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Volume 29, Number 6—June 2023
Research Letter

Antimicrobial-Resistant Infections after Turkey/Syria Earthquakes, 2023

Anthony Rizk, Antoine Abou Fayad, and Louis-Patrick HaraouiComments to Author 
Author affiliations: Geneva Graduate Institute, Geneva, Switzerland (A. Rizk); American University of Beirut, Beirut, Lebanon (A. Abou Fayad); Université de Sherbrooke, Sherbrooke, Québec, Canada (L.-P. Haraoui)

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Increased rates of multidrug-resistant microbes have been reported after earthquakes. After the 2023 earthquakes in Turkey and Syria, the number of associated highly drug-resistant pathogens and nosocomial transmission will probably surge in hospitals treating injured patients. It is not too late to act to prevent antimicrobial-resistant infections from compounding these tragedies.

The 2023 earthquakes that affected Turkey and Syria, with Kahramanmaraş Province in Turkey at their epicenter, measured 7.8 and 7.5 on the Richter scale. The effects were devastating, making these the strongest earthquakes in Turkey since 1939. Combined with their multiple aftershocks, the earthquakes caused >50,000 deaths and severely damaged or collapsed >170,000 buildings ( In their wake, the earthquakes left a growing humanitarian crisis. If previous experiences are any indication, we can also expect hospitals caring for the injured and wounded to struggle with highly antimicrobial-resistant infections, many of which will lead to excess illnesses and deaths.

Multidrug resistant microbes have often been reported after earthquakes and other natural disasters. Medical literature on earthquake-associated injuries, going as far back as the Marmara, Turkey, earthquake of 1999 (1), have consistently shown highly resistant microbial strains emerging in hospital settings and causing hospital-acquired infections in trauma patients. Antimicrobial-resistant Acinetobacter baumannii has been identified in disproportionately high rates from infections associated with large-scale earthquakes in Southeast Asia in 2004; northern Pakistan in 2005; Wenchuan, China, in 2008; central Italy in 2009; and Haiti in 2010 (Appendix).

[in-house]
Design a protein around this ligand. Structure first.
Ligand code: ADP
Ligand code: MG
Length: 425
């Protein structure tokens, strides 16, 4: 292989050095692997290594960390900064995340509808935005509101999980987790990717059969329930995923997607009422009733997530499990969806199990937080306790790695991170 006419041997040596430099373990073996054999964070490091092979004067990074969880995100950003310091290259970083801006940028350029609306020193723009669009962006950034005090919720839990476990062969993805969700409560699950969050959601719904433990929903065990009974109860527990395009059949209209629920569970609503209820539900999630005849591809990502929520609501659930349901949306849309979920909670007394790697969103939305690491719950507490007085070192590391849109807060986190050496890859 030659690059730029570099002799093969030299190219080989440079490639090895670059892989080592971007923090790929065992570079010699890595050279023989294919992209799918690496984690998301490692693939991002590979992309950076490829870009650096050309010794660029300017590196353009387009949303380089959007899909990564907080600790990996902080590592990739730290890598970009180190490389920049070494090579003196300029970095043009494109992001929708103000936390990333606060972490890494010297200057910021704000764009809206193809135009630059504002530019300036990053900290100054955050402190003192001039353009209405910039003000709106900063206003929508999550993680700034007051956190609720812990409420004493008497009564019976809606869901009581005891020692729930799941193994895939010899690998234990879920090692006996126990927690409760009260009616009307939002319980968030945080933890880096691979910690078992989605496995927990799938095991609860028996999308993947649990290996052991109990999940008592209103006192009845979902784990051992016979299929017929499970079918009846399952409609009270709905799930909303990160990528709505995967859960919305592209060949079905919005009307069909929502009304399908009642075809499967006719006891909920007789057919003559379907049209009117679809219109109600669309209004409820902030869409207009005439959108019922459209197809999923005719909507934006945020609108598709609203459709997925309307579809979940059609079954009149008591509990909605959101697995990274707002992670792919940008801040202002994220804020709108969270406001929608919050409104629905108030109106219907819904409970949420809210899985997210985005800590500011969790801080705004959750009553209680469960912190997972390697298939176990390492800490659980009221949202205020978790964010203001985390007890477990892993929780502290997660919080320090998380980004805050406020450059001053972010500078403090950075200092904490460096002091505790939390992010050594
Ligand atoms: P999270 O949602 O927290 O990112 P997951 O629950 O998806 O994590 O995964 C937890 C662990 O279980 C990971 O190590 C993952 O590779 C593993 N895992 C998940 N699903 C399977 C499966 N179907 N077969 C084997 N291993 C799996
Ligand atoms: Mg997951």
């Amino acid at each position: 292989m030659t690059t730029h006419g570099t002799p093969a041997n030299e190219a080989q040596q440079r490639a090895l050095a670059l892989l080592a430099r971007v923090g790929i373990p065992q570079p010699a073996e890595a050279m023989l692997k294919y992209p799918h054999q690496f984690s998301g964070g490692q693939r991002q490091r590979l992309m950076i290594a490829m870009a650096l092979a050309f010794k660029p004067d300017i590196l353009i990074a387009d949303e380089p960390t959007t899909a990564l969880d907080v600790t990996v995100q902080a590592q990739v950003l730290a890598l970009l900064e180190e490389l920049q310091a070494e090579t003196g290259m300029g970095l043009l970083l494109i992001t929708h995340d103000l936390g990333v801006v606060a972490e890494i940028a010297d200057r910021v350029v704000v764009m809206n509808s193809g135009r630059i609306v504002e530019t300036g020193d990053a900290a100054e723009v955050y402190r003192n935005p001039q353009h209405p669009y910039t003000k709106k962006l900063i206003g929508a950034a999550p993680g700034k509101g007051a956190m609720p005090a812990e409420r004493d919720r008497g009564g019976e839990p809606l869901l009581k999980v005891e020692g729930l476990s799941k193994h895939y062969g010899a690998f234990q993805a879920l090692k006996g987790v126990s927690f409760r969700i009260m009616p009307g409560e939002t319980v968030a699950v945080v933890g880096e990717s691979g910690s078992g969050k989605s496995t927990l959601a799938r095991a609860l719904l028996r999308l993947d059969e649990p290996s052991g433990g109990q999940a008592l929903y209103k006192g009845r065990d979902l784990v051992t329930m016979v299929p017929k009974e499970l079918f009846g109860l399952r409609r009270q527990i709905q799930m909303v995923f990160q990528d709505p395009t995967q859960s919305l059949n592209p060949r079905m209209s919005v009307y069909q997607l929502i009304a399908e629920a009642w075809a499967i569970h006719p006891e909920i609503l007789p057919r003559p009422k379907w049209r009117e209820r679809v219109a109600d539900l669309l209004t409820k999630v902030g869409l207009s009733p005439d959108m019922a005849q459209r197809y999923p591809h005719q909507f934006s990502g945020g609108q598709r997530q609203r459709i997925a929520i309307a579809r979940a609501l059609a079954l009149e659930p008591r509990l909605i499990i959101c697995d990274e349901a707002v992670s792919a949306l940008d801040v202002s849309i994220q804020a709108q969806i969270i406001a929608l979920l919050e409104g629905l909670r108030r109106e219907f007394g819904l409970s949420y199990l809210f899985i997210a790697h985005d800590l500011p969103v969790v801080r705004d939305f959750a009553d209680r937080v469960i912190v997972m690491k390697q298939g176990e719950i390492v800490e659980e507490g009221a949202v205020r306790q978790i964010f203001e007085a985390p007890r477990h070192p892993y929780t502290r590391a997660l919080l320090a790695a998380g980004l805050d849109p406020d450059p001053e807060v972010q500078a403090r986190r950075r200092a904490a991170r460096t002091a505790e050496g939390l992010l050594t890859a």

Although earthquake-associated pathogens detected in hospital settings have been consistently multidrug resistant, their resistance profiles have varied. The etiology of antimicrobial resistance from earthquakes remains uncertain. After the Marmara earthquake of 1999, associated A. baumannii and Pseudomonas aeruginosa infections were mainly resistant to carbapenems, which had been preemptively administered in large numbers to patients before hospitalization (1). After the 2004 Southeast Asia earthquake, patients with multiple wounds admitted to the intensive care unit of the Cologne-Merheim Medical Center in Germany were reportedly contaminated with multidrug-resistant A. baumannii, extended-spectrum β-lactamase Escherichia coli, and methicillin-resistant Staphylococcus aureus (2). After the 2005 northern Pakistan earthquake, Kiani et al. reported emergence of multiply drug-resistant Acinetobacter spp., Enterobacter spp., and other gram-negative organisms, susceptible to amikacin only. Hospitals were overwhelmed with staff and antimicrobial drug shortages, and wounds were often treated empirically because of limited laboratory capacities (3). After the 2008 earthquake in Wenchuan, China, the predominant pathogen causing infections was A. baumannii; 1 hospital reported that >65% of Acinetobacter isolates were resistant to a wide range of antimicrobial drugs, except imipenem, and 24.6% of isolates were pan–drug resistant (4).